One concept popular in psychology today is that ofresiliency. But what does that mean, exactly?
Here’s an example: Stan is in his early 60s and was planning to retire in a few years…until the day he is given a layoff notice.
Stan could react in one of two ways.
He could spend the following weeks and months stewing over this setback, thinking, “I’ll never find another job at my age.”
Or after some time spent recovering from the shock, Stan could decide that if finding another position doesn’t work out, he will use his skills and contacts to build his own consultancy.
The second option is what resiliency looks like.
“Resilience is the psychological quality that allows some people to be knocked down by the adversities of life and come back at least as strong as before,” say the folks atPsychology Today. “Highly resilient people find a way to change course, emotionally heal and continue moving toward their goals.”
What Makes People Resilient?
Psychologists have identified four factors that make for greater resiliency:
Ability to Maintain Optimism. Being able to see “negative experiences as temporary rather than permanent, specific rather than global, and external rather than internal,” asPsychology Today puts it, marks a positive approach to life’s ups and downs. Optimism also reduces the physical and mental effects of stress,†The information provided is not an endorsement of any product, and is intended for educational purposes only. NaturesPlus does not provide medical advice and does not offer diagnosis of any conditions. Current research on this topic is not conclusive and further research may be needed in order to prove the benefits described. The conditions and symptoms described may be indicative of serious health problems, and therefore should be brought to the attention of a qualified healthcare practitioner. which makes it easier for you to plan a path forward.
Ability to Handle Stress. Those stress effects—elevated heart rate, for example—occur as the body responds to a perceived threat. Such situations are not always bad: “You need challenges in your life to develop resilience,” says Tchiki Davis, PhD, author ofThe Happiness Skills Workbook (CreateSpace). But prolonged stress is hard on body and mind; learning how to take pressure in stride is crucial to resiliency.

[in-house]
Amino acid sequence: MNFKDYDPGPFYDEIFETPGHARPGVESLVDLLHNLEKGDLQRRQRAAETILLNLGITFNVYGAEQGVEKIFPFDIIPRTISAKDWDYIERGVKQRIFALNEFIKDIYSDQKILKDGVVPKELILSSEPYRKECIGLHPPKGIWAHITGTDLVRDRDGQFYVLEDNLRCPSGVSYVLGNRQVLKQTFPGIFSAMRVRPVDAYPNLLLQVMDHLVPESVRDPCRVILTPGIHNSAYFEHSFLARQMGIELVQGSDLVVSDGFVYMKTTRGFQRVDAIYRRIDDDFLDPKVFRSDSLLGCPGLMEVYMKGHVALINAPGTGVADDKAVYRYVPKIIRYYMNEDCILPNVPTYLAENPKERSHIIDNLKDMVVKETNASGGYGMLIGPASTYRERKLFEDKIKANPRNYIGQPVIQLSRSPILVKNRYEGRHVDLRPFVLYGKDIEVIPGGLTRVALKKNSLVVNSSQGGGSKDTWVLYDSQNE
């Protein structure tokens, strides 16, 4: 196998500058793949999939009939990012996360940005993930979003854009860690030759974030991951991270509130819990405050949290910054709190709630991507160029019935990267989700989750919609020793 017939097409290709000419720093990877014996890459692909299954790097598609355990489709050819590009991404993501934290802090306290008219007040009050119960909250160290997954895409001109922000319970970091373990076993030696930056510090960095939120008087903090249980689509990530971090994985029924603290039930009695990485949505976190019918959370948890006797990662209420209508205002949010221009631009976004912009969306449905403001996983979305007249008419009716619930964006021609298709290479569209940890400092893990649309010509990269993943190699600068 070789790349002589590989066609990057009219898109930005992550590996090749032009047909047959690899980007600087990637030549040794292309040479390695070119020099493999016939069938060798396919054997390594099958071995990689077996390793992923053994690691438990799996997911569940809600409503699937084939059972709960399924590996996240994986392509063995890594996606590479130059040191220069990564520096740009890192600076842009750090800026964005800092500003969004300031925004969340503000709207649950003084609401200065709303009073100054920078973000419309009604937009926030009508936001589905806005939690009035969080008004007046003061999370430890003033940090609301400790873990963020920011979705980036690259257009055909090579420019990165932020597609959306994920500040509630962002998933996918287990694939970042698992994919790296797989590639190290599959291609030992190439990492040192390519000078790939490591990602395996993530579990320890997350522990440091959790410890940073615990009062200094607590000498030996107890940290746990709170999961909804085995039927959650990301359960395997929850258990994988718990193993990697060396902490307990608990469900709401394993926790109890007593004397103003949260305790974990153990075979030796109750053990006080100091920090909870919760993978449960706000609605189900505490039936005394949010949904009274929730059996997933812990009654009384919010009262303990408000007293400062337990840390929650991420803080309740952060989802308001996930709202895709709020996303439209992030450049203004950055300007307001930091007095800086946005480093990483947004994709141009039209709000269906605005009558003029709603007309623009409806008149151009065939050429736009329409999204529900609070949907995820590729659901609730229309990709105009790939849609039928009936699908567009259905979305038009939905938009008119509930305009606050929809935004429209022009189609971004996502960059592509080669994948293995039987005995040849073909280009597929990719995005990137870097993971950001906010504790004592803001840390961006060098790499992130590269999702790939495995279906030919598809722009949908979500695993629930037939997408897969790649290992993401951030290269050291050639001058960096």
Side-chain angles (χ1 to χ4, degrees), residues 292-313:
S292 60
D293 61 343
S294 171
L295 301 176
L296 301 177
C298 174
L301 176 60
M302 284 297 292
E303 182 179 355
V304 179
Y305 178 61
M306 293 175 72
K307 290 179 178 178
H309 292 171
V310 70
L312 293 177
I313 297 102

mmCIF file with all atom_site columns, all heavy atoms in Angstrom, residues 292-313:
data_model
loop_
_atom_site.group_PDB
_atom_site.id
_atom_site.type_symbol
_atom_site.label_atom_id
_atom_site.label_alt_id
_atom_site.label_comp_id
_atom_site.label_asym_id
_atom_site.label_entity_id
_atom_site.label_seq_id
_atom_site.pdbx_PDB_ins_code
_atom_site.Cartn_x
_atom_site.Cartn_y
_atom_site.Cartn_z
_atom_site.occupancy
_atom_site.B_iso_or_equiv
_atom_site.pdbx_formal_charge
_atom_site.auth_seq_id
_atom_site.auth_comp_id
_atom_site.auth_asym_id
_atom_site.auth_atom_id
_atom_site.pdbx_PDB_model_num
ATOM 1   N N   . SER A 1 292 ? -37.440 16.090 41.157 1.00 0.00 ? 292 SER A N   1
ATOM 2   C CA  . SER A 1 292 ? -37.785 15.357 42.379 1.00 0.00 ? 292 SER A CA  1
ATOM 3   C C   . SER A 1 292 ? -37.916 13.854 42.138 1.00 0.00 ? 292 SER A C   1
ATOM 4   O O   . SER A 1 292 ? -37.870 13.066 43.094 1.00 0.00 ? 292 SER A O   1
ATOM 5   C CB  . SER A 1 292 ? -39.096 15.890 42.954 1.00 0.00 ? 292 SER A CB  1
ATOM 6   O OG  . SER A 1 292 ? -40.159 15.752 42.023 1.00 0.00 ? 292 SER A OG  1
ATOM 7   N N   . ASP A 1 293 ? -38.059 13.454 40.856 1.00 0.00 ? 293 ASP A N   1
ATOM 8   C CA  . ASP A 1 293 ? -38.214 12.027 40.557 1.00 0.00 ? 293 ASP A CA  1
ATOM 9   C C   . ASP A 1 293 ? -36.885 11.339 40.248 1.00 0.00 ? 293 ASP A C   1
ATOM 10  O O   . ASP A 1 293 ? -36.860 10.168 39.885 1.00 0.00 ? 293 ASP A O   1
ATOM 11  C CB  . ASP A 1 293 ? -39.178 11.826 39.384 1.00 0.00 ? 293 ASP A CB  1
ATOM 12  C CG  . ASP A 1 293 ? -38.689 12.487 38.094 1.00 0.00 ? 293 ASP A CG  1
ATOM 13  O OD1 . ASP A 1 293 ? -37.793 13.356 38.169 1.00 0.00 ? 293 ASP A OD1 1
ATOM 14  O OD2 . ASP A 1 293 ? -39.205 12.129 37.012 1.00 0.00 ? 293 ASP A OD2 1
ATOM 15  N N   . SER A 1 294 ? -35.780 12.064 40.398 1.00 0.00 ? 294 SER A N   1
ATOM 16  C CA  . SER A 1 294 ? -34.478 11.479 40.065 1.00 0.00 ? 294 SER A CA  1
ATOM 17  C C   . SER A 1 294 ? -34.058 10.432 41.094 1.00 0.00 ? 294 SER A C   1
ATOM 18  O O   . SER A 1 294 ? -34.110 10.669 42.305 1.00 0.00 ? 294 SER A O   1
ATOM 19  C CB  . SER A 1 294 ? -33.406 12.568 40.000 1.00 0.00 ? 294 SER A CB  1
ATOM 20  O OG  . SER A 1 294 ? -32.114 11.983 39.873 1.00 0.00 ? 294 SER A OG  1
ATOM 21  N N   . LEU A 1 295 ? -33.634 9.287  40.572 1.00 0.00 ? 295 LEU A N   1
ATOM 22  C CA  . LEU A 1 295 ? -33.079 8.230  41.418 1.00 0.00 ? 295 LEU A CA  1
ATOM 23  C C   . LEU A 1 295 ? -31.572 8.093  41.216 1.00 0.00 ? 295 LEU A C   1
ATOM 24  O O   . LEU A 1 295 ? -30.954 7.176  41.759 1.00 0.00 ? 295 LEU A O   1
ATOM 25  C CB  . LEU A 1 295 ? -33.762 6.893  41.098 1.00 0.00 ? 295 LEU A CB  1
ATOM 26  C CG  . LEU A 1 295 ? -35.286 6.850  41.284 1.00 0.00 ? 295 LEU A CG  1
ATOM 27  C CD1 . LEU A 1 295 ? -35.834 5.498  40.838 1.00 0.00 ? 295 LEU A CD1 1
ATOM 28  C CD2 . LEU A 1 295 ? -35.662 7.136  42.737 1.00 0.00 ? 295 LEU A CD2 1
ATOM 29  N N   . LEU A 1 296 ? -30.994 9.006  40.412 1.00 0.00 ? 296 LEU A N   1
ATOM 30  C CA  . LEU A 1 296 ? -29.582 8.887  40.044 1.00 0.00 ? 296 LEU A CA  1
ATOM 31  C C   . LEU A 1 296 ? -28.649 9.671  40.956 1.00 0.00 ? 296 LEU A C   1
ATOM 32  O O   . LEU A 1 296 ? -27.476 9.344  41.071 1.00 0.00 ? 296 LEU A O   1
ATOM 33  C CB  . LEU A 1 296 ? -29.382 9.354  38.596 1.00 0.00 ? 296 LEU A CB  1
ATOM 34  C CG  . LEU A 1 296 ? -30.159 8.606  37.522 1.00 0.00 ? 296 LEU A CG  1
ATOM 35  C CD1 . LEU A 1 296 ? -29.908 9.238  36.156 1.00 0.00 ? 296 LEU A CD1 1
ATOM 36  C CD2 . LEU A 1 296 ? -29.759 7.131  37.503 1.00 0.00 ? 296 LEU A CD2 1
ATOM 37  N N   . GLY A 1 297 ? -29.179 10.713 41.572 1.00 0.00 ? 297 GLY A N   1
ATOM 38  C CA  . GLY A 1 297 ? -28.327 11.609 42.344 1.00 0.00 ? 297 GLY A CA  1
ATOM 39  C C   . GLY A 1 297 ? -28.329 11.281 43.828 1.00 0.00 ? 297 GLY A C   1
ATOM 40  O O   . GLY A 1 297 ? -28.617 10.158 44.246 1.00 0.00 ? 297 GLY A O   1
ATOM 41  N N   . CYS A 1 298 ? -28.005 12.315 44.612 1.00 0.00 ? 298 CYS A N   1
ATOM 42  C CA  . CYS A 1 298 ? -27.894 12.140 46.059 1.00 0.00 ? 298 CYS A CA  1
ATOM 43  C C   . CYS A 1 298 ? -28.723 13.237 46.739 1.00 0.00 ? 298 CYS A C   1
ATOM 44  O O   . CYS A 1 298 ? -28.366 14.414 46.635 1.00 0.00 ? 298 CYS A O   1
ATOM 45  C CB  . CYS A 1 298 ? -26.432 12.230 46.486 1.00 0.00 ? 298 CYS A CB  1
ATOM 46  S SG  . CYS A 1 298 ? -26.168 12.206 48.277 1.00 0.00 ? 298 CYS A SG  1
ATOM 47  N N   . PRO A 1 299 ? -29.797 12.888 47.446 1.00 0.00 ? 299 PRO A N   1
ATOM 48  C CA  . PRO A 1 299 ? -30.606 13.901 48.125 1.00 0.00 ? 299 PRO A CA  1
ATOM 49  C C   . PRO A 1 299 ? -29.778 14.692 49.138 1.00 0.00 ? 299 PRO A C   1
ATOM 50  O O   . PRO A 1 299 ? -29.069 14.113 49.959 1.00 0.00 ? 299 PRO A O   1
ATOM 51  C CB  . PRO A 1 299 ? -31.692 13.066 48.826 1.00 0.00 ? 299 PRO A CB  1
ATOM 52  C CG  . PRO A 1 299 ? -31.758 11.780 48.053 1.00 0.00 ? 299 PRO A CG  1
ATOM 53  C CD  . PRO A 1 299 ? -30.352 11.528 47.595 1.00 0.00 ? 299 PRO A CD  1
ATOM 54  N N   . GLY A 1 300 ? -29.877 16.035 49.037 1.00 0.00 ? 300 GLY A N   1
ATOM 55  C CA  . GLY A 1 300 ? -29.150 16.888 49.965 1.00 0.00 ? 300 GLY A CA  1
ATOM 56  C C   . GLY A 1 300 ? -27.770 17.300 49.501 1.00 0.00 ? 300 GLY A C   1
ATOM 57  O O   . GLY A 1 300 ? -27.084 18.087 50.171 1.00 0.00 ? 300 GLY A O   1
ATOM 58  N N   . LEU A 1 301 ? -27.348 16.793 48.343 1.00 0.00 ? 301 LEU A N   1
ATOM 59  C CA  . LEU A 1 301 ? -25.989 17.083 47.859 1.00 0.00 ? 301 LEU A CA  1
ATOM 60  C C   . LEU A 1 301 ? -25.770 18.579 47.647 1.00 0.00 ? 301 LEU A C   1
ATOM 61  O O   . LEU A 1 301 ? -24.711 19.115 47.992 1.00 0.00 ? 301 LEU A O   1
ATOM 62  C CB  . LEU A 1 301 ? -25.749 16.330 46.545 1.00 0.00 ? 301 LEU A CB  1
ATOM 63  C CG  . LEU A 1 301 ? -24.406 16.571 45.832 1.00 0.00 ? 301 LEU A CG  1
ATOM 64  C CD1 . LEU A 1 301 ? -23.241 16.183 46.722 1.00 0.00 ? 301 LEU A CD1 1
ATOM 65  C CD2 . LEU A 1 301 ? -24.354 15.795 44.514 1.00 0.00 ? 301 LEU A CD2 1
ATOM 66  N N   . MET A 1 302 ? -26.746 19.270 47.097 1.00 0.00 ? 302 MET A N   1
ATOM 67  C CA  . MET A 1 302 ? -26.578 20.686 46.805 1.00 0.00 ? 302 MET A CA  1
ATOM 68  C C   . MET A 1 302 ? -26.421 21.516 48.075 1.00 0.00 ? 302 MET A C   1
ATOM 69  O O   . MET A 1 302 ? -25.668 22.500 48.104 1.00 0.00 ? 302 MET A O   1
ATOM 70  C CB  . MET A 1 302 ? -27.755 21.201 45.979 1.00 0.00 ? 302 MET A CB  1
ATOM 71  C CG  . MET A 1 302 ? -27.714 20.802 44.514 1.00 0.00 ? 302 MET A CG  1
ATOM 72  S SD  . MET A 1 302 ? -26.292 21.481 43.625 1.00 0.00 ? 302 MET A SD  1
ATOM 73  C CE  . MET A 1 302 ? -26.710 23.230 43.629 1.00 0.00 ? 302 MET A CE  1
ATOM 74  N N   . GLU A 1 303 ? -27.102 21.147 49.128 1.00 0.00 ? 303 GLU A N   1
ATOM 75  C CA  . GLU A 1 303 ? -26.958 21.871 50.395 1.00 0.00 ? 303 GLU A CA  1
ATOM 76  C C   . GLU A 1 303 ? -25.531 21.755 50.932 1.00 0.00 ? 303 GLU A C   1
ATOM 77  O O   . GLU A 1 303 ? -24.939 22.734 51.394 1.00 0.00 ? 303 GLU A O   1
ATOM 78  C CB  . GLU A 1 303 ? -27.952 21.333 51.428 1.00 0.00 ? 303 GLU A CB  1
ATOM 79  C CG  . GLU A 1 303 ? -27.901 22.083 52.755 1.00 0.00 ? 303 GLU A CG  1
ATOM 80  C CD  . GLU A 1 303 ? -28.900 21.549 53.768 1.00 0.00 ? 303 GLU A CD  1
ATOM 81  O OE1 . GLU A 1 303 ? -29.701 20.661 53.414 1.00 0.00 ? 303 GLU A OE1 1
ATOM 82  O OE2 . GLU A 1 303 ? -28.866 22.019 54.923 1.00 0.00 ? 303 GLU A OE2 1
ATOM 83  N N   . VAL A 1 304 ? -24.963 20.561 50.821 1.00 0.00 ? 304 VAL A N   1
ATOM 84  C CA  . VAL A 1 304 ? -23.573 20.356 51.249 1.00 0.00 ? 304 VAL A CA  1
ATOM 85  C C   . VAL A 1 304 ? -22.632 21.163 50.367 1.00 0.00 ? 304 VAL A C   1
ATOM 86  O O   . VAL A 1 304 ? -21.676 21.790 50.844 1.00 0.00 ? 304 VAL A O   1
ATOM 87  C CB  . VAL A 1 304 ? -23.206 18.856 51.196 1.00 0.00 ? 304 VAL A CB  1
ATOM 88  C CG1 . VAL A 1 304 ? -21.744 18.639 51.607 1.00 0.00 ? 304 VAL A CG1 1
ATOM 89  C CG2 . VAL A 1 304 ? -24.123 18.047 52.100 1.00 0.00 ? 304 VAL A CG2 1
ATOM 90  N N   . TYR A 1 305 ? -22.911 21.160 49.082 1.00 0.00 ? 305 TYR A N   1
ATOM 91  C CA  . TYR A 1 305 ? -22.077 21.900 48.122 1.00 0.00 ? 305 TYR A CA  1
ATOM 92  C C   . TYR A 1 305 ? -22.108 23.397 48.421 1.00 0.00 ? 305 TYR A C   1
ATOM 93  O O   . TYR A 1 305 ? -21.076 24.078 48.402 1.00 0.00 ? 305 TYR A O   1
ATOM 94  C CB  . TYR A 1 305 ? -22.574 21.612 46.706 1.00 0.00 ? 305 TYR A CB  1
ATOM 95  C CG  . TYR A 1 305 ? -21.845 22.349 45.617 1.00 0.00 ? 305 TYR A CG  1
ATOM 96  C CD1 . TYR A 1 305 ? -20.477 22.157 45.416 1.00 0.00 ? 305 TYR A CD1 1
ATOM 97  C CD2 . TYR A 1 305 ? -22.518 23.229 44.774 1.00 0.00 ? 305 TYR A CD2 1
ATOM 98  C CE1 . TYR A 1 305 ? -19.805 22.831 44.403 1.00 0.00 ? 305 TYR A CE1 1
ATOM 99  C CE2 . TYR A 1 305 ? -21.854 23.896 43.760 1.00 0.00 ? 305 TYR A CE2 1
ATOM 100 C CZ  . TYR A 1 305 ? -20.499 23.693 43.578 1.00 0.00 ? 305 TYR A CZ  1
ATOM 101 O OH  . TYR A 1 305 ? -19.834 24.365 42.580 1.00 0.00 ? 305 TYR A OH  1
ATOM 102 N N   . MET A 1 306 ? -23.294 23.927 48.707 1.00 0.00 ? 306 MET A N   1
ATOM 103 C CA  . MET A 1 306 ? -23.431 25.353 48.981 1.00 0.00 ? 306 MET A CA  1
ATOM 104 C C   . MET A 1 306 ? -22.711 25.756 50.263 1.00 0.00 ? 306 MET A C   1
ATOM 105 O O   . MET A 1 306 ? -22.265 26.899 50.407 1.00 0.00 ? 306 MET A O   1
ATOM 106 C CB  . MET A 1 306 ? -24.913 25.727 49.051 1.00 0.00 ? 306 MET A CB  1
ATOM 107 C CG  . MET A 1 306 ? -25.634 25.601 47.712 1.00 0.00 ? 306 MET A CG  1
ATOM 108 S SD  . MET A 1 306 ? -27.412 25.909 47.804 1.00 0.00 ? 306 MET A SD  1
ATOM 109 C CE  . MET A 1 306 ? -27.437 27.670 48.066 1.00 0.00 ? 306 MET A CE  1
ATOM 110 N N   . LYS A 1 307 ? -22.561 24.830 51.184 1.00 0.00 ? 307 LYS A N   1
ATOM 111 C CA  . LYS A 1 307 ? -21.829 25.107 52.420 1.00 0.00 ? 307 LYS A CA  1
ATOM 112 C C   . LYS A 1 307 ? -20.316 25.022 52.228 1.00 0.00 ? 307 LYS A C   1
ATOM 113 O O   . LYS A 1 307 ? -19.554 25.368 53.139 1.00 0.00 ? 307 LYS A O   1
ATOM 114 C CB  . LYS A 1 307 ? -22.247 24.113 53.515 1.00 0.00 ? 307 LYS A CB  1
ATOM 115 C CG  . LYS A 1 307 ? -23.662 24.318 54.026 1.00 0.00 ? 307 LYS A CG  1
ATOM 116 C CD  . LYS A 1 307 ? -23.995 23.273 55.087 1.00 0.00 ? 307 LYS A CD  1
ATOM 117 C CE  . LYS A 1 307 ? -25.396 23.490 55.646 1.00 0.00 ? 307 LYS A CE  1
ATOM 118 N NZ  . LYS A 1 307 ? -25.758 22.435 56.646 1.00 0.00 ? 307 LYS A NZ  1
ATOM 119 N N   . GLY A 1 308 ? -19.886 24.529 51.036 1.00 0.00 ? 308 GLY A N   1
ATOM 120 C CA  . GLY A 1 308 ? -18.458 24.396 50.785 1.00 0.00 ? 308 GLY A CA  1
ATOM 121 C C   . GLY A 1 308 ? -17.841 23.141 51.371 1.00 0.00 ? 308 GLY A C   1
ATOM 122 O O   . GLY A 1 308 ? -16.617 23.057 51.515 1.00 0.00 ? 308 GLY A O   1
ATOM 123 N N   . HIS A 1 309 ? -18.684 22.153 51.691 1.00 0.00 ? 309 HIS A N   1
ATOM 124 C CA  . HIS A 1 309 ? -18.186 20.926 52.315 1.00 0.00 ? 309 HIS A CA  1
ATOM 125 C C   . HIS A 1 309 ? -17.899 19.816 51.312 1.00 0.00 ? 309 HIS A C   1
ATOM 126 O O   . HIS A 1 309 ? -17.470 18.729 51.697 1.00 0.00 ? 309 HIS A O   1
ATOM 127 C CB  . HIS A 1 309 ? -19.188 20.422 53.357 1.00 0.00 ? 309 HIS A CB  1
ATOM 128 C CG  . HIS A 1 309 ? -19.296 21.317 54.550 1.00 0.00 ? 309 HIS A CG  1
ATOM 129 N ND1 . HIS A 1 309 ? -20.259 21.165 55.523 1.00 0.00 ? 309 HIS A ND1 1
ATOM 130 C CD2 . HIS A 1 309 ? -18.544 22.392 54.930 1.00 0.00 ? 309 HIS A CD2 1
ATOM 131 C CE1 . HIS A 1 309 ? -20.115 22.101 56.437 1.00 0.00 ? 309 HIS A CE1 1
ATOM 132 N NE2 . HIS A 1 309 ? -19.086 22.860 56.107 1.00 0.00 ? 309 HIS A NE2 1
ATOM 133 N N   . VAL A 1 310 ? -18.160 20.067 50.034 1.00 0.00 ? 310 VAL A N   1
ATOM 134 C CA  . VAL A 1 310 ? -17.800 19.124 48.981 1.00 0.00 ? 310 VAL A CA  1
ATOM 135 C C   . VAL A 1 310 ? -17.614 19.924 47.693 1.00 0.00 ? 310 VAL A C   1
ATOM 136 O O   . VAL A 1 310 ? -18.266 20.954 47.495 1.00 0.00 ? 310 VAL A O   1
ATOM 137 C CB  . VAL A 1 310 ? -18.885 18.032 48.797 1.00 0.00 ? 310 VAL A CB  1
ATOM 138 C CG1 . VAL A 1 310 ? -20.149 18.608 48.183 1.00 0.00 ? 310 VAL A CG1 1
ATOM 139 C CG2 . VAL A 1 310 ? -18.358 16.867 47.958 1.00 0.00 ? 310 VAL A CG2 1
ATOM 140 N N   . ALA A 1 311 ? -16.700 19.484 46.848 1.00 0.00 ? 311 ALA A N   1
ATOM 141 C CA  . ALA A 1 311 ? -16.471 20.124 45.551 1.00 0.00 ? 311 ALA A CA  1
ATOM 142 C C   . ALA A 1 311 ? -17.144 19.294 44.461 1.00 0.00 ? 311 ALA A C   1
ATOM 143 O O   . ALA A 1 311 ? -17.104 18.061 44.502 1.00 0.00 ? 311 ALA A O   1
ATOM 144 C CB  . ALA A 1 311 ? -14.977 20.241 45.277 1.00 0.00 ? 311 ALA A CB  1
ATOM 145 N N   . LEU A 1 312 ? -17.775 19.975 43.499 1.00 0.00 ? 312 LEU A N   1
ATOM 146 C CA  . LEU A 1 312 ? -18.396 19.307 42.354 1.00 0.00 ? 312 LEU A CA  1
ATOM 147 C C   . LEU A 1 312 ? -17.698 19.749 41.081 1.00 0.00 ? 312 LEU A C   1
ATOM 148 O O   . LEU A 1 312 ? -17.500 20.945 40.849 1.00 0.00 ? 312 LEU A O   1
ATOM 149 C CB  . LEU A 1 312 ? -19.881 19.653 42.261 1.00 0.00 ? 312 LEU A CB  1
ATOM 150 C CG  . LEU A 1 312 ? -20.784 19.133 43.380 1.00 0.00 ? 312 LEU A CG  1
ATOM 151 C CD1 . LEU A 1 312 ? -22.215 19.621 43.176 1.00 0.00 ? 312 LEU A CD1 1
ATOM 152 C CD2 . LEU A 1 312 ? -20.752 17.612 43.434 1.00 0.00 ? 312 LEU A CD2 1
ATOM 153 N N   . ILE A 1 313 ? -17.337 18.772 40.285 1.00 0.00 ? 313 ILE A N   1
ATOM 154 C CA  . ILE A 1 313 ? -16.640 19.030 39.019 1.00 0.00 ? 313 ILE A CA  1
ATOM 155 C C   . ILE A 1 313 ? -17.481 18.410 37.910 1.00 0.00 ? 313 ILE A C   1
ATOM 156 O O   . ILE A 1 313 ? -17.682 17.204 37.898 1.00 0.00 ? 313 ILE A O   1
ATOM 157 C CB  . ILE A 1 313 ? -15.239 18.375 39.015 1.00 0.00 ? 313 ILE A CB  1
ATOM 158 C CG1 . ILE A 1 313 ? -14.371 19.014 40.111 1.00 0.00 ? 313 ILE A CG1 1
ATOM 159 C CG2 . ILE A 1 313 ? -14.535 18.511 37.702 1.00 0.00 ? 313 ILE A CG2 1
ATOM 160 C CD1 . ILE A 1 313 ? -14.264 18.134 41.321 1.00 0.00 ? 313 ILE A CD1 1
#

Ability to Regulate Emotion. All of us experience unpleasant feelings; resilient people can keep them from spinning out of control. They avoid turning every downturn into a catastrophe. (“When we believe the worst will come true, we set ourselves up for unnecessary stress and poor resilience,” Davis says.) They also avoid becoming blinded by anger or paralyzed by anxiety.
Ability to Learn from Failure. We all fail at one time or another, sometimes in spectacular fashion. Resiliency allows you to move past the frustration, shame and embarrassment by, in the words ofPsychology Today, “accepting the emotions that came with the setback, being curious about why things went wrong and seeing how you can improve in the future.”
Is Resilience Inborn or Learned?
Some people seem to enjoy natural resilience, and researchers are looking into how much genetics may play a role. In addition, some children grow up in fortunate family circumstances, while others find emotional support and nurturing through connections they make at school or in religious or civic organizations.
But no matter what your genetic inheritance may be or your early life may have been like, experts believe you can develop resilience…even if it doesn’t come naturally.
“Resilience is an acquired skill, not a you’re-born-with-it-or-you’re-not trait,” saysEllen Hendriksen, PhD, of theBoston University Center for Anxiety & Related Disorders. “It can be taught and learned with time.”
Ways to Build Resilience
First of all, resilience doesnot involve hiding your emotions and forcing yourself to smile no matter what.
“True resilience doesn’t mean you never get discouraged—you’re human, not a machine,” says Hendriksen, author ofHow to Be Yourself (St. Martin’s Press). “What matters isn’t how you feel in the moment, it’s that you overcome it and stand back up. That’s resilience.
“Be honest and authentic and you’ll come out feeling relieved and sane.”
Here are ways to develop a more resilient approach to life.
Adopt Healthy Habits—Especially Regular Exercise
It’s easier to face challenges when you’re not feeling constantly tired, run down and depressed, which make eating a healthy diet, getting enough sleep and nurturing close relationships key cornerstones of a more resilient life.
But of all the lifestyle choices that promote resilience, none is as crucial as exercise. For one thing, being active helps brighten your mood and reduce the effects of stress (learn morehere).†The information provided is not an endorsement of any product, and is intended for educational purposes only. NaturesPlus does not provide medical advice and does not offer diagnosis of any conditions. Current research on this topic is not conclusive and further research may be needed in order to prove the benefits described. The conditions and symptoms described may be indicative of serious health problems, and therefore should be brought to the attention of a qualified healthcare practitioner.
What’s more, Hendriksen calls exercise a “mini metaphor for life’s larger challenges: We set short-term goals that build mental momentum to reach larger goals in the long term. Pushing through on both good and bad days is resilience in action.”
Practice Consistent Stress Relief
Exercise is one time-tested way to counteract stress;yoga andbreath control are others.